The Atlantic Daily: The Most Popular Song in America

“Old Town Road” is a genre-bending hit with an unusual rise. Plus: the behind-the-scenes companies that may be delaying medications for patients, and more

Aaron Bernstein / Reuters

What We’re Following

What will Congress get to see of the Mueller report, which Attorney General William Barr promised “within a week”? Last month, Barr released a summary letter clearing Trump of collusion, and since then, congressional Democrats have clamored to see the book-length report for themselves. But the version that Barr delivers to Congress will likely be littered with redactions of any sensitive material, which could obscure certain conclusions. As Democrats hounded Barr on Tuesday, he left the tiniest bit of wiggle room for another version for members of Congress, with fewer redactions.

President Trump might shake up the Federal Reserve Board with an unorthodox pick. The position has typically been a landing spot for highly credentialed economic wonks, but Trump signaled to aides that he’s serious about nominating Herman Cain, the former CEO of Godfather’s Pizza and offbeat 2012 presidential candidate. That Trump is considering Cain is yet another signal that he isn’t pleased with the central bank’s series of economy-dampening interest-rate hikes, and wants to make the directives of the Fed more aligned with his own. Aides had suggested Trump hold back, as Cain has faced sexual-harassment allegations.

The most popular song in America right now is “Old Town Road,” a banjo-infused hit by the young rapper Lil Nas. But the song had just last month been kicked off the Billboard country charts, after some Nashville pundits lamented that it was insufficiently country. Lil Nas then brought in Billy Ray Cyrus for a remix that helped turn “Old Town Road” into a viral hit, crowned No. 1 on Billboard’s Top 100 on Tuesday. The song’s genre-bending hasn’t been received well by country music’s old guard, but rap and country music have more in common than some might think.


Kamala Harris Takes Her Shot

(Sasha Arutyunova)

Senator Kamala Harris of California—who is half Indian and half black—is trying to make her case as an embodiment of everything that President Trump is not. But first, she has to win among Democrats:

Among the many lines Harris offers on the stump is: I intend to win this. You don’t quite expect to hear a woman say that. But Harris has become very good at tapping into the emotions of a crowd of Democrats and delivering what they want to hear. The 2020 Democratic National Convention is 15 months off, though. Over the next year, the campaign is sure to get ugly—Trump hasn’t even given Harris a nickname yet. I asked her whether she thought that, as a black woman, she had an extra-narrow lane of acceptable behavior to maneuver in. “I don’t think so,” she said. Then she downgraded that sentiment. “I hope not.”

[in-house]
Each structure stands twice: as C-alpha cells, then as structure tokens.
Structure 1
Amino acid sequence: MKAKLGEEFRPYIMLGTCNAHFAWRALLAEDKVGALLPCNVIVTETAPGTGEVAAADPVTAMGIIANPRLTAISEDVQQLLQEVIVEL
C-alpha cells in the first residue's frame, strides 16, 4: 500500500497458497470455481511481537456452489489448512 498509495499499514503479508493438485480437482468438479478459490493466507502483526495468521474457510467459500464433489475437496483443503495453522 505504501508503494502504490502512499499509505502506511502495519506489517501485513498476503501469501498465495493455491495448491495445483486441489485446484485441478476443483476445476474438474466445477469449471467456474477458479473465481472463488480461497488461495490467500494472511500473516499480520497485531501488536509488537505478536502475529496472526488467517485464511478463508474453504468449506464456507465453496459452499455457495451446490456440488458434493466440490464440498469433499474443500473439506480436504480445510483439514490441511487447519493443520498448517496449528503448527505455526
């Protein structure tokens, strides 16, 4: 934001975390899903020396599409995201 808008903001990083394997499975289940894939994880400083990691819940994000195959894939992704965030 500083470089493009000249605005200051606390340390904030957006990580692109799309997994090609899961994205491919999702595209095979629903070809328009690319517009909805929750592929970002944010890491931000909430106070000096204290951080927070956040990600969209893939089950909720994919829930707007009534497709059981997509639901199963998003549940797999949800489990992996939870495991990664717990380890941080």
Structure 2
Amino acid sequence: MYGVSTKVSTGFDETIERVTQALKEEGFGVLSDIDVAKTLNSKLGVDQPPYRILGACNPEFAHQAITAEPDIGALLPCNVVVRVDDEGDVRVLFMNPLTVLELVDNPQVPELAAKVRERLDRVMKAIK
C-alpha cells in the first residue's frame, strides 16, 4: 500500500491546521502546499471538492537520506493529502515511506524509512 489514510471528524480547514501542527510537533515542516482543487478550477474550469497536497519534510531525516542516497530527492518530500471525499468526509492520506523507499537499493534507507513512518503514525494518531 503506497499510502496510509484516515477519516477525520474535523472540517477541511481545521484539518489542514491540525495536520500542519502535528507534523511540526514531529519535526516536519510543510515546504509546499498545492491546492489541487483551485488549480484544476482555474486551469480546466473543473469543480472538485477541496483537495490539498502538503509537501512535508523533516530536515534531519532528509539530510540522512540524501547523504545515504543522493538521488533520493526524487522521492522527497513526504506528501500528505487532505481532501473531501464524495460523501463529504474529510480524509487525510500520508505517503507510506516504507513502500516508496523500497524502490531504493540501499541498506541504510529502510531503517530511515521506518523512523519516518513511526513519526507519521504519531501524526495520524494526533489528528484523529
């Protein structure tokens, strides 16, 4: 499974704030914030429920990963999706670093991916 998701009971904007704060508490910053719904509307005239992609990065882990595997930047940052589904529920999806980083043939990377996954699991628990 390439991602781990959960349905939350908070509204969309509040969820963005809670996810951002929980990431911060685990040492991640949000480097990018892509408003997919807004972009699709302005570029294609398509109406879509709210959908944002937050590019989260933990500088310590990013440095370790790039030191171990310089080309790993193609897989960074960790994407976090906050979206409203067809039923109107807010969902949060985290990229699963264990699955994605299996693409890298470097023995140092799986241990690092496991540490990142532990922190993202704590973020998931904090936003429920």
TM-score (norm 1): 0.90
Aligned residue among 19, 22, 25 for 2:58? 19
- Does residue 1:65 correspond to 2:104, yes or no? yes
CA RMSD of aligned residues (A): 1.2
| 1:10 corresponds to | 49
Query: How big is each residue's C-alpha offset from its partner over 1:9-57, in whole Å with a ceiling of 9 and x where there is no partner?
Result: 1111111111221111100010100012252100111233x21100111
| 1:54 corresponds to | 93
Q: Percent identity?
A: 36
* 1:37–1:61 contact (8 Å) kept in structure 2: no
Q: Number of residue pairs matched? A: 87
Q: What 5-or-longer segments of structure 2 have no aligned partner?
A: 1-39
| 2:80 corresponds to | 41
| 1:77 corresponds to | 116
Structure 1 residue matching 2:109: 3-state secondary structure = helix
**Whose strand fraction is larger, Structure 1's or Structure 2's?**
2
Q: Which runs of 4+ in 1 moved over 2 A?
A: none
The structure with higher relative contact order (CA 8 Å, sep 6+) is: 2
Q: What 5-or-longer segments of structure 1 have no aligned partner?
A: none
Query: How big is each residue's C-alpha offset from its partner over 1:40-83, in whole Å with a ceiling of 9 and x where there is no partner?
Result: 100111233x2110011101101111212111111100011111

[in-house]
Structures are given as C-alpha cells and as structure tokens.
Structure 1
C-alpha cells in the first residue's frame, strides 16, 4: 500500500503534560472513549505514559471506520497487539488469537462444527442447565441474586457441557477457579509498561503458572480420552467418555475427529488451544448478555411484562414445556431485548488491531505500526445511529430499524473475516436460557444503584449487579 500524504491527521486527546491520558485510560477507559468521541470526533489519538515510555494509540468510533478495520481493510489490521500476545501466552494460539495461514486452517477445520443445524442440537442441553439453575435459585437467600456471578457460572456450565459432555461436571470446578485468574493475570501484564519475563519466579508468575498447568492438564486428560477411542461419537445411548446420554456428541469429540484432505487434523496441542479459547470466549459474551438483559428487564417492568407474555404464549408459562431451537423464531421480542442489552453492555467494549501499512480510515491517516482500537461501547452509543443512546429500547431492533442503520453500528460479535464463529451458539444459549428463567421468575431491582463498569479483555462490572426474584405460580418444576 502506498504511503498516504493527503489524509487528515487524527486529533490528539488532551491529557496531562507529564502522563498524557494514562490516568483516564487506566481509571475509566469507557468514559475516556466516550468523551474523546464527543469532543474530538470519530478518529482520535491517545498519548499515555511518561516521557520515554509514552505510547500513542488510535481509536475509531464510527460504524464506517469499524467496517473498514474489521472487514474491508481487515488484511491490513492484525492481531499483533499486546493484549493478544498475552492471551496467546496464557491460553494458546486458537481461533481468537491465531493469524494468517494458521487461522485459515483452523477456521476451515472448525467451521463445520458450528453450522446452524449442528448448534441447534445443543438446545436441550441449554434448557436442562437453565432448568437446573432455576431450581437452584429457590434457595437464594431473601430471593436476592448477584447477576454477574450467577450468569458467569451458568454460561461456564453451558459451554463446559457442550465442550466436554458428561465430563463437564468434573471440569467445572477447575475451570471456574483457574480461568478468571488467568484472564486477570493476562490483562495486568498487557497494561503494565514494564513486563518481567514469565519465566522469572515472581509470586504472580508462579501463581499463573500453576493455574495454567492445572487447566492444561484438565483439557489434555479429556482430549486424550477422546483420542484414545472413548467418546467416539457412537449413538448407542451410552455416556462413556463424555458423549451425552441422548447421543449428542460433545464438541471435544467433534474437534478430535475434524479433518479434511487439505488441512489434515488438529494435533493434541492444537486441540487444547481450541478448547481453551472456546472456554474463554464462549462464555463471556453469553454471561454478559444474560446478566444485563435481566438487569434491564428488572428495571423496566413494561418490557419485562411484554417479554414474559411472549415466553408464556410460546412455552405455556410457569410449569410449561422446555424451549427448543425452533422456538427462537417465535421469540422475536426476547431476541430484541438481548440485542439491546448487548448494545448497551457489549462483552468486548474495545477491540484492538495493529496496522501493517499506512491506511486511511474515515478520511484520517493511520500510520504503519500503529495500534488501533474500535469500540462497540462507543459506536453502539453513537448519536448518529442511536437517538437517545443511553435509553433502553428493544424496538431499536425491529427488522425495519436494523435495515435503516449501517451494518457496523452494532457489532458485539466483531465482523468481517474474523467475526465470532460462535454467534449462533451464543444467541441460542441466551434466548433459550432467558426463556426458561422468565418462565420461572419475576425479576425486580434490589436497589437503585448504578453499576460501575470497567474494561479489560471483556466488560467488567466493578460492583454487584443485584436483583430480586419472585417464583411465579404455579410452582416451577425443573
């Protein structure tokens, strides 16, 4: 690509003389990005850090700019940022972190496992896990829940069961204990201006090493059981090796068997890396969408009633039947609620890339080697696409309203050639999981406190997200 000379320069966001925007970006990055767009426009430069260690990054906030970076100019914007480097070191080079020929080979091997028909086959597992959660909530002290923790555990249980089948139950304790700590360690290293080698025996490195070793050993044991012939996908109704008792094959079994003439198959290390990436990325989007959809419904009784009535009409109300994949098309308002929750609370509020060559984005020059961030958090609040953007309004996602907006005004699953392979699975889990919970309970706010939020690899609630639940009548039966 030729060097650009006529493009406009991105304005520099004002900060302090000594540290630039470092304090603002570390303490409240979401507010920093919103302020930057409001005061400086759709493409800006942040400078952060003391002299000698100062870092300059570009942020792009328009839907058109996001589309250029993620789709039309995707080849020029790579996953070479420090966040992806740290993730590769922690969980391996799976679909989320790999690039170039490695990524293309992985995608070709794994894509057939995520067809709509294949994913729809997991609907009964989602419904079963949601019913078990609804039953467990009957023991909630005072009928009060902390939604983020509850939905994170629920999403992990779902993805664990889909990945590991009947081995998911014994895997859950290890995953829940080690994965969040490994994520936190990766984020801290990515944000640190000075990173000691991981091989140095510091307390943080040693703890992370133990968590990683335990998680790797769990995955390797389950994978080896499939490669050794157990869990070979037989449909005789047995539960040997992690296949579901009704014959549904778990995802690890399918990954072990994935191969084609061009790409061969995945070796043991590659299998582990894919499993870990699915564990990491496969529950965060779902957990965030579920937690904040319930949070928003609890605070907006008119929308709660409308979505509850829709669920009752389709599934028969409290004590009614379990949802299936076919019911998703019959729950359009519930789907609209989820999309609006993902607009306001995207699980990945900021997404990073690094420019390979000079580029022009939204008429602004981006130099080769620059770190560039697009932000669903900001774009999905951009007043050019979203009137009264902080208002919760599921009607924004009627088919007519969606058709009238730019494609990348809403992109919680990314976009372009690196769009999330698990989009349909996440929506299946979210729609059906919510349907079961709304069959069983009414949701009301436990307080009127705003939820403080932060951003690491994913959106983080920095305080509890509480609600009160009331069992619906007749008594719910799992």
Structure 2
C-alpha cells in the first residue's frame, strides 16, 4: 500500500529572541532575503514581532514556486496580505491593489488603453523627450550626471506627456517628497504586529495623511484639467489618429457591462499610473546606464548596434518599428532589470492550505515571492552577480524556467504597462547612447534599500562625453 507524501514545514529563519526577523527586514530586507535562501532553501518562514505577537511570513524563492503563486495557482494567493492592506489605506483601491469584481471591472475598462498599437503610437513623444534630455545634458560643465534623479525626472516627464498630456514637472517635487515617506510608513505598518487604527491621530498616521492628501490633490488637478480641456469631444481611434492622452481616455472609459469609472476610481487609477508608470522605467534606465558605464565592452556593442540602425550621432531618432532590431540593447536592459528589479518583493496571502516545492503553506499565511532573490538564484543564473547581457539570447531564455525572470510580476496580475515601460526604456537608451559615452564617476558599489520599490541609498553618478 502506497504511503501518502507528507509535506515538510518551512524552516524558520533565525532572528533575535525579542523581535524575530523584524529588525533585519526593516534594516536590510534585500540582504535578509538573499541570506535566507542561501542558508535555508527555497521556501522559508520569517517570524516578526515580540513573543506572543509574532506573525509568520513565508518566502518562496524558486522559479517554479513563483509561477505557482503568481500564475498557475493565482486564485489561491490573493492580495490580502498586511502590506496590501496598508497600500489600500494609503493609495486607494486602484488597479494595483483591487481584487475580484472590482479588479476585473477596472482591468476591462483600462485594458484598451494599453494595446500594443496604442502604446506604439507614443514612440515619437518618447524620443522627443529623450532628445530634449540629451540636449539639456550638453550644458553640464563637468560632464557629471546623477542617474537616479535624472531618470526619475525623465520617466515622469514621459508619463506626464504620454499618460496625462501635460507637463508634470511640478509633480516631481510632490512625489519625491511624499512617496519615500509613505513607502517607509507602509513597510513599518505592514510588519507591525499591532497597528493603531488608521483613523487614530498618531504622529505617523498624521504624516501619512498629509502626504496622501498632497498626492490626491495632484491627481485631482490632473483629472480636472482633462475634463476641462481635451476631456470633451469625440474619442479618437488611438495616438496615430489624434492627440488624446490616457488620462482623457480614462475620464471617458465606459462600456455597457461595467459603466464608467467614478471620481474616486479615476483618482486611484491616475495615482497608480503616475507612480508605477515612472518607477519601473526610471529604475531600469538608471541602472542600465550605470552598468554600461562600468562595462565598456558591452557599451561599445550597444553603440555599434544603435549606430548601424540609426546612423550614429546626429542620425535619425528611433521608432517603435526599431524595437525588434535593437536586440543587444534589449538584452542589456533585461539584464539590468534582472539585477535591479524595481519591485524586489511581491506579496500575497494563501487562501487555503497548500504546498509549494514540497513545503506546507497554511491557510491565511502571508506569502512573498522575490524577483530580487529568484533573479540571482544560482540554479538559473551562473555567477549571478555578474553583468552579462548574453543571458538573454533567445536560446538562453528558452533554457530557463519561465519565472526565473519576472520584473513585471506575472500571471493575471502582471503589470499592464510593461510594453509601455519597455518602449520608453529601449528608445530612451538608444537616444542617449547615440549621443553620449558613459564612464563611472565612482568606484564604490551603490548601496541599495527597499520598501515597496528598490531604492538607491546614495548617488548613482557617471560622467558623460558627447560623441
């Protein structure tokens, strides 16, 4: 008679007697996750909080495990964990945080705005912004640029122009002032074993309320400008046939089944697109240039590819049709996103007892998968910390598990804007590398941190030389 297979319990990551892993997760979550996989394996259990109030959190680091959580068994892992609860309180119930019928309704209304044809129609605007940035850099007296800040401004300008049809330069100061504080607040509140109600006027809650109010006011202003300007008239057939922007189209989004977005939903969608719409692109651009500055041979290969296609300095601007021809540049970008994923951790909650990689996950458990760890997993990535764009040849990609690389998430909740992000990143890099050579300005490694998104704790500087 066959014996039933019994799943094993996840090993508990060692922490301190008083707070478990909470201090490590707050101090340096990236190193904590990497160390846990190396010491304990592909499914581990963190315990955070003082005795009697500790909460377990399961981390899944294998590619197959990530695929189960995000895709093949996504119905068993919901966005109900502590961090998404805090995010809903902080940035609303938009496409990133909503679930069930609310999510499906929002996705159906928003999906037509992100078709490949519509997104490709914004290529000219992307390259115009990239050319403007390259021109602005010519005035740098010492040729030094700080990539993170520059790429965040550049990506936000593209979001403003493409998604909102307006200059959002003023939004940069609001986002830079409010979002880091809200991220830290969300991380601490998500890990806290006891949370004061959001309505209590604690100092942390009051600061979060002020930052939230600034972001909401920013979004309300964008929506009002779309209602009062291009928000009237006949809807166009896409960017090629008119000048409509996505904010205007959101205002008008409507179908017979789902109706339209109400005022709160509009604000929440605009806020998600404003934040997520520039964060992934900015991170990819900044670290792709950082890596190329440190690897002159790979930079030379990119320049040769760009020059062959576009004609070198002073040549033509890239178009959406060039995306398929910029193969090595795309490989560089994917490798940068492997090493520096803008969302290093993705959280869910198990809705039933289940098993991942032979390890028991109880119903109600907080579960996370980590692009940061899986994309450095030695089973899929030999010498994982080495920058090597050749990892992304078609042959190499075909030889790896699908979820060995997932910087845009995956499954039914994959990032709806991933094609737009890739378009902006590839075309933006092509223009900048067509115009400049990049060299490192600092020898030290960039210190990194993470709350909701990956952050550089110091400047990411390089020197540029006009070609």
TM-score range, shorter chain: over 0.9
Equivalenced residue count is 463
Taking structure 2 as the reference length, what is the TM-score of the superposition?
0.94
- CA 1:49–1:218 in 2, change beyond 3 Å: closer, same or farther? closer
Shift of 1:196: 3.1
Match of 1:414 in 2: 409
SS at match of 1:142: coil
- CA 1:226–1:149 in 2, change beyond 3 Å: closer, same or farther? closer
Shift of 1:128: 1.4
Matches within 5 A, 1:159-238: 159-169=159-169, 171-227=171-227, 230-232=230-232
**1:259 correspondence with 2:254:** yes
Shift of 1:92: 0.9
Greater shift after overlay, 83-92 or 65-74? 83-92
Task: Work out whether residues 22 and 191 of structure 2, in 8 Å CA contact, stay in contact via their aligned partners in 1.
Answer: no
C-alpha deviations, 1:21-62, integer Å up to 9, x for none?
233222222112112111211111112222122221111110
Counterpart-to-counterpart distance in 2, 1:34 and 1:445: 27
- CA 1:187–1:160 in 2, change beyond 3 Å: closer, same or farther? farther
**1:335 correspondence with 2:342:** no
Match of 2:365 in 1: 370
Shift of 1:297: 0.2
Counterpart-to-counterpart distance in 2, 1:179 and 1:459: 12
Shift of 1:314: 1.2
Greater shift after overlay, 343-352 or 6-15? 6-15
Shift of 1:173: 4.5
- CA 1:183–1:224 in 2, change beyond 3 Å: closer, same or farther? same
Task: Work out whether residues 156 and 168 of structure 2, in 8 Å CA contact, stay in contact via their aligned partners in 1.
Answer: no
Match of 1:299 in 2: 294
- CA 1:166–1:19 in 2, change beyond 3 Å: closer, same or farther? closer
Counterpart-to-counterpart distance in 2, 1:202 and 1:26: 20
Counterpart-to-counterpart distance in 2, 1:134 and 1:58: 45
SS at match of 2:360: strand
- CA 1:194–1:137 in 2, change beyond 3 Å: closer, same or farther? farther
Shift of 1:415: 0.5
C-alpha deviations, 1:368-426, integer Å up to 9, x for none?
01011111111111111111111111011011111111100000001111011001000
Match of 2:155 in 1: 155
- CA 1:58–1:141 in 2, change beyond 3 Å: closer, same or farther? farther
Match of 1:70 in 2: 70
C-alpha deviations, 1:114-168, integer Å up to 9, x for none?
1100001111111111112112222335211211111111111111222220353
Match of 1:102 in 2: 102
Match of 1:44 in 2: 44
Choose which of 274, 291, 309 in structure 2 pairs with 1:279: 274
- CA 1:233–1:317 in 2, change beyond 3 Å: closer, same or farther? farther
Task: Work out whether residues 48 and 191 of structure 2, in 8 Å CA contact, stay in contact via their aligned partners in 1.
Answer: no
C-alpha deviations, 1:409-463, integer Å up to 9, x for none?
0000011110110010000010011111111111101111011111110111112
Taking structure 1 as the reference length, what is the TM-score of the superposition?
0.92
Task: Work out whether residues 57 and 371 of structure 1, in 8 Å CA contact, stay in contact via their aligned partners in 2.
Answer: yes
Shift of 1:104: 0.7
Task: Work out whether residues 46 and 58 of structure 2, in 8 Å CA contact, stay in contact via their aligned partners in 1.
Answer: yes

Has the United States dealt with its own racism and misogyny enough to elect a black woman president? There’s little rational basis for saying yes. But there was little rational basis for believing that a man named Barack Hussein Obama could win the White House either, let alone a huckster named Donald Trump.

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Evening Read

Invisible Middlemen Are Slowing Down American Health Care

(Katie Martin / The Atlantic)

Pharmacy benefit managers, the behind-the-scenes companies that play a huge role in getting certain life-saving drugs to patients, are a complex yet largely invisible part of the American health-care system. Olga Khazan writes:

Cindy Adams, who lives in Benton, Arkansas, found herself writhing in pain after some injections she needs to take in tandem with her chemotherapy were delayed for three weeks. As she slipped in and out of consciousness, “I was begging for God to take me,” she told me. Her doctor, Fred Divers, claims the delay was caused by an issue with the specialty pharmacy and PBM. “This kind of thing happens all day, every day,” he says.

The doctors I spoke with said that they have full-time employees whose job it is to do daily battle with PBMs and specialty pharmacies. David Oubre, the managing physician of the Pontchartrain Cancer Center in Louisiana, gave me the clinical notes of one woman whose breast-cancer drug was delayed by nearly a month because of what the office says is a misunderstanding of the patient’s diagnosis by the PBM, as well as by a long exchange of faxes, some of which were simply “blank pages.”

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Urban Developments

New ankle monitors can call and record kids without their consent, raising concerns among civil liberties watchers.

(Kira Lerner)

Our partner site CityLab explores the cities of the future and investigates the biggest ideas and issues facing urban dwellers around the world. Claire Tran shares today’s top stories:

New ankle monitors can call and record kids without their consent, raising concerns among civil-liberties watchers.

California’s proposed housing bill would rewrite single-family zoning codes. Opponents say it threatens the heart of the California dream.

States with stricter gun-control laws have fewer homicides, especially when they’re used in combination. Here are the three that work best, according to a new study.

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